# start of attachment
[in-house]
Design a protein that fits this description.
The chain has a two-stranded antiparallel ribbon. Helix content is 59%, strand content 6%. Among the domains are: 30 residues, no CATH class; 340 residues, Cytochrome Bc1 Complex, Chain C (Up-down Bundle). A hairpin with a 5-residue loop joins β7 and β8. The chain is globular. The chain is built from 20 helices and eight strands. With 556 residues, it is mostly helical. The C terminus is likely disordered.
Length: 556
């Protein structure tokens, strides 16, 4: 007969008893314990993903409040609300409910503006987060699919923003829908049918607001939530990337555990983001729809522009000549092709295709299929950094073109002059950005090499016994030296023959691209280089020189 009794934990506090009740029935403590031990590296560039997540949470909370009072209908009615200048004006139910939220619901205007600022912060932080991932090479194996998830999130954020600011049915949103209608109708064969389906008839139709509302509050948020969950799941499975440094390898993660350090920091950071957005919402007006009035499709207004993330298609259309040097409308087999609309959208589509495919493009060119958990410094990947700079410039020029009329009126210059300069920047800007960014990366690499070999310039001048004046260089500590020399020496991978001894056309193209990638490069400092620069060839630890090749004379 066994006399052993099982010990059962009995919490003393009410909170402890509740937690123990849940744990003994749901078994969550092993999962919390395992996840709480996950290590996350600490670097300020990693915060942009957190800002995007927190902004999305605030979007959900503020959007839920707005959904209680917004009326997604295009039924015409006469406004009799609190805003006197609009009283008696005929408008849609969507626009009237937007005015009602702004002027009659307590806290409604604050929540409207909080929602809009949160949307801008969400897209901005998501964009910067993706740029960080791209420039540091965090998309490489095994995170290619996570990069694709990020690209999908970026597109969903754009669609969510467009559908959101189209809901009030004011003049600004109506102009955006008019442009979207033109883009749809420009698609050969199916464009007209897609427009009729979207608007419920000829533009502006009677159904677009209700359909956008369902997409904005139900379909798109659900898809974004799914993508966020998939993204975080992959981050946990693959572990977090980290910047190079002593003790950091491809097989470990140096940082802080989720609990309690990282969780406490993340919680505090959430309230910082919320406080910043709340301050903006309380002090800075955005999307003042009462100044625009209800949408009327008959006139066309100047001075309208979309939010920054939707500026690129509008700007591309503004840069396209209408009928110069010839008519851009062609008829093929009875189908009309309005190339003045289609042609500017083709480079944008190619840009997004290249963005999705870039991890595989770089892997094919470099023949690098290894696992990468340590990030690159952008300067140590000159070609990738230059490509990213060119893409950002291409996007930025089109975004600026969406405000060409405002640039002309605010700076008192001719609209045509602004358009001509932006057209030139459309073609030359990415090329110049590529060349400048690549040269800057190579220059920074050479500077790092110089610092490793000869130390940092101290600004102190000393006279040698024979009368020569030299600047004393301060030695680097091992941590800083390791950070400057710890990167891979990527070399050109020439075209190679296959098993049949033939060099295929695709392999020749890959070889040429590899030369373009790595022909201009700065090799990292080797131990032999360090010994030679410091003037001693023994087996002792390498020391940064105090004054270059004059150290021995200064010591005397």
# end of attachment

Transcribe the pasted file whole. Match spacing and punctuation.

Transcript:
[in-house]
Design a protein that fits this description.
The chain has a two-stranded antiparallel ribbon. Helix content is 59%, strand content 6%. Among the domains are: 30 residues, no CATH class; 340 residues, Cytochrome Bc1 Complex, Chain C (Up-down Bundle). A hairpin with a 5-residue loop joins β7 and β8. The chain is globular. The chain is built from 20 helices and eight strands. With 556 residues, it is mostly helical. The C terminus is likely disordered.
Length: 556
């Protein structure tokens, strides 16, 4: 007969008893314990993903409040609300409910503006987060699919923003829908049918607001939530990337555990983001729809522009000549092709295709299929950094073109002059950005090499016994030296023959691209280089020189 009794934990506090009740029935403590031990590296560039997540949470909370009072209908009615200048004006139910939220619901205007600022912060932080991932090479194996998830999130954020600011049915949103209608109708064969389906008839139709509302509050948020969950799941499975440094390898993660350090920091950071957005919402007006009035499709207004993330298609259309040097409308087999609309959208589509495919493009060119958990410094990947700079410039020029009329009126210059300069920047800007960014990366690499070999310039001048004046260089500590020399020496991978001894056309193209990638490069400092620069060839630890090749004379 066994006399052993099982010990059962009995919490003393009410909170402890509740937690123990849940744990003994749901078994969550092993999962919390395992996840709480996950290590996350600490670097300020990693915060942009957190800002995007927190902004999305605030979007959900503020959007839920707005959904209680917004009326997604295009039924015409006469406004009799609190805003006197609009009283008696005929408008849609969507626009009237937007005015009602702004002027009659307590806290409604604050929540409207909080929602809009949160949307801008969400897209901005998501964009910067993706740029960080791209420039540091965090998309490489095994995170290619996570990069694709990020690209999908970026597109969903754009669609969510467009559908959101189209809901009030004011003049600004109506102009955006008019442009979207033109883009749809420009698609050969199916464009007209897609427009009729979207608007419920000829533009502006009677159904677009209700359909956008369902997409904005139900379909798109659900898809974004799914993508966020998939993204975080992959981050946990693959572990977090980290910047190079002593003790950091491809097989470990140096940082802080989720609990309690990282969780406490993340919680505090959430309230910082919320406080910043709340301050903006309380002090800075955005999307003042009462100044625009209800949408009327008959006139066309100047001075309208979309939010920054939707500026690129509008700007591309503004840069396209209408009928110069010839008519851009062609008829093929009875189908009309309005190339003045289609042609500017083709480079944008190619840009997004290249963005999705870039991890595989770089892997094919470099023949690098290894696992990468340590990030690159952008300067140590000159070609990738230059490509990213060119893409950002291409996007930025089109975004600026969406405000060409405002640039002309605010700076008192001719609209045509602004358009001509932006057209030139459309073609030359990415090329110049590529060349400048690549040269800057190579220059920074050479500077790092110089610092490793000869130390940092101290600004102190000393006279040698024979009368020569030299600047004393301060030695680097091992941590800083390791950070400057710890990167891979990527070399050109020439075209190679296959098993049949033939060099295929695709392999020749890959070889040429590899030369373009790595022909201009700065090799990292080797131990032999360090010994030679410091003037001693023994087996002792390498020391940064105090004054270059004059150290021995200064010591005397």